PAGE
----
Bal Zezar

Out of the woods they came, drunk on their desire for the sabbath. From all directions they came, heeding the call of the black hill. Across the fallow lands they came, leaving behind them a wake of death, the land shuddering beneath footsteps that carried them forth toward Bal Zezar. The hill, raised by the first ones in worship of the old gods, its carved sides stretching upward to mock the new. Trees that have taken root in its poison soil are naught but the most twisted arbors, their knotted branches a covering for the procession to the summit. The hill welcomed their coming, but the land around resisted.

Their faces death incarnate, hatred immortalized in ashen marble. Once, they were people, now drawn deep into the way of darkness, the light of their life twisted, corrupted, wrought by spell and ritual into wretched masks. Their god Dominion began to take more than it gave, and they could not gorge themselves on the ancient ways alone. The sabbath would fill them. Bal Zezar would grant them what they sought.

As the sun bled orange and red against the horizon, those terrible visages twisted into something like excitement. They readied themselves to partake, waiting to sate their bloodlust as the long hours passed into shadow and the end of waiting approached.

The hill breaks out of the earth alone. Surrounded by miles of flatness, emptiness inhospitable to life, scratched by a single path snaking through its gnarled forest to the summit where the ruins of the first ones await. Those who came on the night of the sabbath spoke in hushed voices until they reached the threshold of the wood and stepped onto the hill’s beginning. From there they were silent, reverent beneath elder and oak. Only at the summit, braced against the chill night, did they find their voices again. Here, too, they found what they had come for.

Atop the midnight altar, hair as silk splayed against the darkness, snow against a night sky, the sacrifice lay still. Her eyes open, twin lakes like glass reflecting starlight from above. Her body, bare to the wind, never shivered. The crowd closed in, eyes drinking in the sight, but no hands reached forth. None would touch her; she belonged to the hill. She always had. From conception atop the summit to the moment when the sabbath would be completed, she lived in the knowledge of her purpose, the truth of her existence, the path she would take into the glory of death’s kingdom—to sit at the table of Bal Zezar.

When the sun set on sabbath night, its light was replaced with torches. Beside the altar sat the holy one himself—Dominion’s voice among the followers. His hands might have been carved from the mountain, his face formed from thunderclouds, his eyes filled with twilight. The masses gathered in, the stone beneath their feet pulsing with a hundred heartbeats, quickening with every passing second, the currents flowing together, spiraling toward the center of some unknowable feeling.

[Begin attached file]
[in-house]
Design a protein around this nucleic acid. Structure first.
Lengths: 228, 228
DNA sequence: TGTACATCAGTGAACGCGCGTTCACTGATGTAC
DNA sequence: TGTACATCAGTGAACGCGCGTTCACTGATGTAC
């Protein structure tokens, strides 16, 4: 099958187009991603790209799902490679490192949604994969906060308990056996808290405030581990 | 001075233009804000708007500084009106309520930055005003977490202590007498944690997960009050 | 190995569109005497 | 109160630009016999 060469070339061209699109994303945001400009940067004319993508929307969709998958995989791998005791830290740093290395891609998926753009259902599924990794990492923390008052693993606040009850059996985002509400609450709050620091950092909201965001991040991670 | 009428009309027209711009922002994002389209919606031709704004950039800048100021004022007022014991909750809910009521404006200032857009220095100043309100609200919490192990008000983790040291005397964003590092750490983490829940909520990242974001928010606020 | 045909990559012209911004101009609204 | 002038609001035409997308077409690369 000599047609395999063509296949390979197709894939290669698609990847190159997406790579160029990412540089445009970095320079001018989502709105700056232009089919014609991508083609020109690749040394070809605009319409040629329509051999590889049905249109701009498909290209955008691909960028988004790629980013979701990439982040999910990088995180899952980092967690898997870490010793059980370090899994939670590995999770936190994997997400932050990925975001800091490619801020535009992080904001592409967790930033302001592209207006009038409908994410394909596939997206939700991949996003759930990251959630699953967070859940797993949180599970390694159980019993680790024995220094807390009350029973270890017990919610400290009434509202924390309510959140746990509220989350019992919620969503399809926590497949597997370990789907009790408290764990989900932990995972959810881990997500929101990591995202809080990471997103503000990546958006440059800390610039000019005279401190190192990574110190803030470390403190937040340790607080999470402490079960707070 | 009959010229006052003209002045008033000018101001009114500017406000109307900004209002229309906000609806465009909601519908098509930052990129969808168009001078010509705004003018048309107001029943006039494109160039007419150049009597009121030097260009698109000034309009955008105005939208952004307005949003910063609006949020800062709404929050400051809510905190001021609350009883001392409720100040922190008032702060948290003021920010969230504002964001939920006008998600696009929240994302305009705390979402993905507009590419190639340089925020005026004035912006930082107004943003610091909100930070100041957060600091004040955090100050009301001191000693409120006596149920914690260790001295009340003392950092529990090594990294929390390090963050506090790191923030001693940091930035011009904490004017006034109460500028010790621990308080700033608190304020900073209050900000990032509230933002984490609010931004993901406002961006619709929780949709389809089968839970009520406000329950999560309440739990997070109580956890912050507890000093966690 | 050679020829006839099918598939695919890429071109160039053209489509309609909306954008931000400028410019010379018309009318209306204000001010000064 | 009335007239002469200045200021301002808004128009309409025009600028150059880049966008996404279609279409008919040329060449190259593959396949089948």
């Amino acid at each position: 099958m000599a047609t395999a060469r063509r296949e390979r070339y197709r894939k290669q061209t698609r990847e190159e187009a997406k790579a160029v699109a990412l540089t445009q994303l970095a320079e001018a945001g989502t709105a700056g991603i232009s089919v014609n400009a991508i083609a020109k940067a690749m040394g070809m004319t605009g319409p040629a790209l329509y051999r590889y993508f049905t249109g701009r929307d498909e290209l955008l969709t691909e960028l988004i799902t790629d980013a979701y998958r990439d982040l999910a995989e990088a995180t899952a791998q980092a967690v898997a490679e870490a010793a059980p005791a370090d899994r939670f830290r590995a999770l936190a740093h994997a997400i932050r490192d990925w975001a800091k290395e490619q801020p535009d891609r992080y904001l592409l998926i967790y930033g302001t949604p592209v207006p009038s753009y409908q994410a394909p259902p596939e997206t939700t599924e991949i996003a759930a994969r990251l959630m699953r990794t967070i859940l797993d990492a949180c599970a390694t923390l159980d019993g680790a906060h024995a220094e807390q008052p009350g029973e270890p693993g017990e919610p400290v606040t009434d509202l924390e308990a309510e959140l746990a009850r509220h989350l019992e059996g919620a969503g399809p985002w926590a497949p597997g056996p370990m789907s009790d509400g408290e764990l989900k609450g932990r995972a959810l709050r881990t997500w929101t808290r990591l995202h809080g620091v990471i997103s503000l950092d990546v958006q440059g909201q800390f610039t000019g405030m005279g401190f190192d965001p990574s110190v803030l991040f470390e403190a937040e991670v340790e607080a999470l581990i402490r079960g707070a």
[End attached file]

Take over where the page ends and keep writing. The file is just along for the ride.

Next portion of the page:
The holy one stood, and the world was silent. He faced the altar and knelt, his hands upward in supplication to the sacrifice—to Bal Zezar’s chosen. His words came in the tongue of old, not only from him, but from the mountain itself. The sacrifice responded, her fate sealed in ancient words whose power glowed magic and strange in the air around her. When the prayer was complete, the holy one drew a blade of black glass from within his robe, and the sacrifice lay still. The blade rested against her throat, and she smiled. Her blood was drawn, pooling on the midnight stone, and she joined Bal Zezar in another world.

Like a stone dropped in calm water, something rippled out from the center of the masses. The sacrifice was complete, but sabbath night still stretched before them. Voices rose, swelling like the sea, shaped by the transcendence to which they had born witness. Around the hill a breeze circled, and the trees swayed. The holy one faced the followers, then turned his eyes to the heavens.

“It is the night of our lord,” he said. “And He is coming.” The murmuring grew louder, the circling breeze picking up, becoming a wind that howled and whipped their faces. The night was swelling, swaying, pulsing with the lust of sabbath. One by one the followers approached the altar, bending forward to put their lips to the scarlet pool. They drank deeply, and strange visions danced before their eyes. Shouts and laughter rose and fell, carried away on the moving air. Voices of death wailed on the wind. Their descent into the wild madness of the night was intense and complete—none among them remained untouched by the power and pleasure of their worship.

Their faces changed as the night grew deeper, shifting away from humanity toward something darker. Hands extended to grasp at those around them, groping, feeling for flesh, tracing the flow of power that coursed throughout the congregation—a reminder of the physical world in which their bodies remained while their minds whirled beyond. In the final moment of darkness before the sun returned to scorch the sky, a tremor pulsed through every being on the hill. Silence fell, and a reverent expectancy settled over them. They knew that His time had come. There was no fear. In those final quiet moments on sabbath night, Bal Zezar walked among them.

When morning broke, the hilltop was empty.

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